# Multiple dependent proportions problem - Election

#### Jonallard

##### New Member
Hello,

I have spent a few hours trying to untangle this problem by my knowledge of statistics appears to be too limited for me to come to a solution. I hope you can help me with this.

On election night, the results are coming in, but only poll by poll. Assuming each poll is an independent sample of the whole riding (population), what is the probability of each candidate of winning?

Say with 6 polls out of 154 reporting (3.9%), the results are:
• Corbeil, 40%
• Garneau, 35%
• Drabkin, 12%
• Roy, 8%
• Carkner, 5%

What is each candidates' probability of winning? (being the one with the highest proportion of votes)
I've tried computing the margin of error for each proportion, but I can't figure out how to deal with all proportions being dependent.

Thank you in advance

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#### Dason

##### Ambassador to the humans
You might want to look into the multinomial distribution.

#### Jonallard

##### New Member
I don't see how it applies... multinomial dist. is how a group of events behaves when each of them has a fixed probability of happening, but here, I have a sample of proportions I want to make inferences about. How would you get to the result?

Nevertheless, thanks because I didn't know about multinomial distribution, but I just don't know if it applies here.

#### BGM

##### TS Contributor
Maybe I try to give a mathematical formulation for you.

Let $$X_i$$ be the number of votes that the $$i$$-th candidate have in the remaining $$154 - 6 = 148$$ polls,
$$i = 1, 2, 3, 4, 5$$

Assuming there are $$k$$ votes in each poll.

Then $$X_i \sim \mathrm{Binomial}(148k, p_i)$$ marginally,

and $$(X_1, X_2, X_3, X_4, X_5) \sim \mathrm{Multinomial}(148k, p_1, p_2, p_3, p_4, p_5)$$ jointly.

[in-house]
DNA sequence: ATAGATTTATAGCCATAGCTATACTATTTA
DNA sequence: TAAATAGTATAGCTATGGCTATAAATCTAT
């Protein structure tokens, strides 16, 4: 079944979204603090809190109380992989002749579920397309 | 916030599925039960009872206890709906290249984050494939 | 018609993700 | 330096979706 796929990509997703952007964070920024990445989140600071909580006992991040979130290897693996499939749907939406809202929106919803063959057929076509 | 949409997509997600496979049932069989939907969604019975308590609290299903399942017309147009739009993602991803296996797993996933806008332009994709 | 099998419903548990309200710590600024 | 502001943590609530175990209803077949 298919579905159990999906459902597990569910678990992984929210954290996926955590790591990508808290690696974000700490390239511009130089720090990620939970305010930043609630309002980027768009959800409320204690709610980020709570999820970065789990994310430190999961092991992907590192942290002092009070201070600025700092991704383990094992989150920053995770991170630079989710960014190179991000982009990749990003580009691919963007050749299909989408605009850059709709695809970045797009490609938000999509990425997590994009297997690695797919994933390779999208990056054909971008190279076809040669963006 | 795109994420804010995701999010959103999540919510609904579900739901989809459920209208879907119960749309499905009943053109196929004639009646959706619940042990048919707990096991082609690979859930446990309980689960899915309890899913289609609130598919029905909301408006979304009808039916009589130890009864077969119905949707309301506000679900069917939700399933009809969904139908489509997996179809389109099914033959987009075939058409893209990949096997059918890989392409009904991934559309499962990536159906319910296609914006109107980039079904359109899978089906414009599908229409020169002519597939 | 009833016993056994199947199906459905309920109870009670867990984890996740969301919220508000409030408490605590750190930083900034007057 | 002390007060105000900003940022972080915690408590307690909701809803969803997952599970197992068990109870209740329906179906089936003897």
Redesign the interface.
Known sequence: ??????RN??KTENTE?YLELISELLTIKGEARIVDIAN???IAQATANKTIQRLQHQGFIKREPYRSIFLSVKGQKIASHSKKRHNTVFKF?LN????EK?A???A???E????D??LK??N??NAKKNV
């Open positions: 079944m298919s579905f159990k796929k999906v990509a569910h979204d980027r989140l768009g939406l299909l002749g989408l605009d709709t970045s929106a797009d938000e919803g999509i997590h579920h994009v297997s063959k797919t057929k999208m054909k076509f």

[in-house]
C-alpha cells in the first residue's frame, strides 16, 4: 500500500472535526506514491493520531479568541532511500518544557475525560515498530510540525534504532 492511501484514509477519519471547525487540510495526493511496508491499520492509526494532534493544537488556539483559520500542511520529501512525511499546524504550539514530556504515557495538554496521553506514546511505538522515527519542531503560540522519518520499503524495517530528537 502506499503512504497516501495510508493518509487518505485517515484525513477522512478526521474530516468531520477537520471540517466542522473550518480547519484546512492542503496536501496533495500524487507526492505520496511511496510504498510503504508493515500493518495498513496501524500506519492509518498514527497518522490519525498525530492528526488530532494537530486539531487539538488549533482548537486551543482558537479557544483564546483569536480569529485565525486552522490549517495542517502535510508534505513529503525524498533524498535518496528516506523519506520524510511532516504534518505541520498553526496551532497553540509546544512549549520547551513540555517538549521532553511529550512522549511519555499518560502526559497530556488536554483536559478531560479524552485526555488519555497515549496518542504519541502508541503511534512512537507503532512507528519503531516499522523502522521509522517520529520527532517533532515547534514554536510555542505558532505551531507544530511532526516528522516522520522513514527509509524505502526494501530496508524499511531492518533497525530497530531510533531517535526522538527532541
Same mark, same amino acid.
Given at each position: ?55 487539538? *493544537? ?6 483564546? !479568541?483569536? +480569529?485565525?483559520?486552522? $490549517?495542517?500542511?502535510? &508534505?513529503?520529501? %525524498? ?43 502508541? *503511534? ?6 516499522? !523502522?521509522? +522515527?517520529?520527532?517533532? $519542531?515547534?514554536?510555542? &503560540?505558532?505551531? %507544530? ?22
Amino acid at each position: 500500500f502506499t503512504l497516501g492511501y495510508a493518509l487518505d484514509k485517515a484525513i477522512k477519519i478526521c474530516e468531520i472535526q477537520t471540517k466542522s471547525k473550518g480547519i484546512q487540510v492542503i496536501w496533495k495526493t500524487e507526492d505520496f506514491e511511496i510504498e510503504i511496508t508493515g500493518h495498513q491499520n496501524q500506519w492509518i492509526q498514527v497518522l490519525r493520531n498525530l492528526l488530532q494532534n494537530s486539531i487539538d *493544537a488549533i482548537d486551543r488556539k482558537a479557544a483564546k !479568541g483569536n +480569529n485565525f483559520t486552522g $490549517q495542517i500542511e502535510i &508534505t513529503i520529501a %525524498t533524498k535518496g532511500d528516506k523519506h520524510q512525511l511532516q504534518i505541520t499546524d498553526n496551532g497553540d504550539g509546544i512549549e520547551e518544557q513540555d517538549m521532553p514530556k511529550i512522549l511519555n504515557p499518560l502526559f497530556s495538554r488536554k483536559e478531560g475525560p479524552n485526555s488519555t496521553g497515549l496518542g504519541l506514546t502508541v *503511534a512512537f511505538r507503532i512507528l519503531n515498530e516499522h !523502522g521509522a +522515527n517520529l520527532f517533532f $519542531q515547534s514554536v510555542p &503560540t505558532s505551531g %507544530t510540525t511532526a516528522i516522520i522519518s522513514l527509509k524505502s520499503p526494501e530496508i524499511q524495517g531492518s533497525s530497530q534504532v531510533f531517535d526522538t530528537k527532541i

The total number of votes that the $$i$$-th candidate have , $$Y_i = X_i + \hat{p}_i \times 6k$$
where $$\hat{p}_i \times 6k$$ is the number of votes that we already known in that 6 polls.

The probability that the $$i$$-th candidate win $$= \Pr\{Y_i > Y_j, i \neq j, j = 1, 2, 3, 4, 5 \}$$

I am not sure if there is any multi dimensional normal approximation can help.

Anyway, you can always get the mean vector and variance-covariance matrix of those $$X_i$$ and get the corresponding estimate by replacing the $$p_i$$ by $$\hat{p}_i$$

#### Jonallard

##### New Member
Thank you, that is very helpful. How do I use the mean, variance and covariance to get, say $$P(Y_i > Y_j)$$ for one $$i$$ and $$j$$? I mainly don't know what to do with covariance.

#### Jonallard

##### New Member
Well, I'm stuck here. The multinomial model is too complicated for me and I don't know how to use it (huge factorials, multiple dimensions, can't understand what's going on and how to calculate probability based on an inequation rather than equation, and this for several variables, no approximation, etc.), and I can't even do something with inference for proportions, the interrelations confuse me too much. Basically, I'm all confused.

Any idea on how to actually do it?

#### BGM

##### TS Contributor
http://en.wikipedia.org/wiki/Multinomial_distribution

$$E[X_i] = 148kp_i, Var[X_i] = 148kp_i(1-p_i), Cov[X_i, X_j] = -148kp_ip_j, i \neq j$$

After obtaining the estimated mean vector and variance-covariance matrix,
you may try the multivariate normal approximation; and your problem will be turn to a
problem to calculate the multivariate normal probabilities.

#### rft01

##### New Member
Google "Comparing Non-Independent Proportions" by Berry & Hurtado. They have an example similar to the voter survey problem here. They're with SAS. The paper gives formulas and also SAS macros.